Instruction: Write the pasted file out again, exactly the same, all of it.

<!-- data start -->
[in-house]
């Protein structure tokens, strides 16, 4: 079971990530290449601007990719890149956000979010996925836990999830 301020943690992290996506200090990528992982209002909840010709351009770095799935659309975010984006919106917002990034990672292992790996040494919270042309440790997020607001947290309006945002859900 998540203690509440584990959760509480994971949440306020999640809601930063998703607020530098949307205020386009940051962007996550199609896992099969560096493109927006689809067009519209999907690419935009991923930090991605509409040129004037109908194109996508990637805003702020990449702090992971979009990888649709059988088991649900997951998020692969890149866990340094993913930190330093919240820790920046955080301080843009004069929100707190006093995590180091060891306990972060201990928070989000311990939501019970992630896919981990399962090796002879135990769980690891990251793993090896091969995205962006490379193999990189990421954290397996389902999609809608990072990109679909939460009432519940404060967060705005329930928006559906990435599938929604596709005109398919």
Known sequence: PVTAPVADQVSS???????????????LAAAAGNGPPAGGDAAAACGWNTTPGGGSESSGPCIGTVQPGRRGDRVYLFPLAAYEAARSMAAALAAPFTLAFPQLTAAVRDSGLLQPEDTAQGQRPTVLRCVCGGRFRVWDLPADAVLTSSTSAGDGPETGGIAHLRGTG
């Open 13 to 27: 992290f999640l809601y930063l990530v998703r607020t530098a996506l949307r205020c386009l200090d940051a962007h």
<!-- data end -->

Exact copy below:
[in-house]
């Protein structure tokens, strides 16, 4: 079971990530290449601007990719890149956000979010996925836990999830 301020943690992290996506200090990528992982209002909840010709351009770095799935659309975010984006919106917002990034990672292992790996040494919270042309440790997020607001947290309006945002859900 998540203690509440584990959760509480994971949440306020999640809601930063998703607020530098949307205020386009940051962007996550199609896992099969560096493109927006689809067009519209999907690419935009991923930090991605509409040129004037109908194109996508990637805003702020990449702090992971979009990888649709059988088991649900997951998020692969890149866990340094993913930190330093919240820790920046955080301080843009004069929100707190006093995590180091060891306990972060201990928070989000311990939501019970992630896919981990399962090796002879135990769980690891990251793993090896091969995205962006490379193999990189990421954290397996389902999609809608990072990109679909939460009432519940404060967060705005329930928006559906990435599938929604596709005109398919």
Known sequence: PVTAPVADQVSS???????????????LAAAAGNGPPAGGDAAAACGWNTTPGGGSESSGPCIGTVQPGRRGDRVYLFPLAAYEAARSMAAALAAPFTLAFPQLTAAVRDSGLLQPEDTAQGQRPTVLRCVCGGRFRVWDLPADAVLTSSTSAGDGPETGGIAHLRGTG
């Open 13 to 27: 992290f999640l809601y930063l990530v998703r607020t530098a996506l949307r205020c386009l200090d940051a962007h």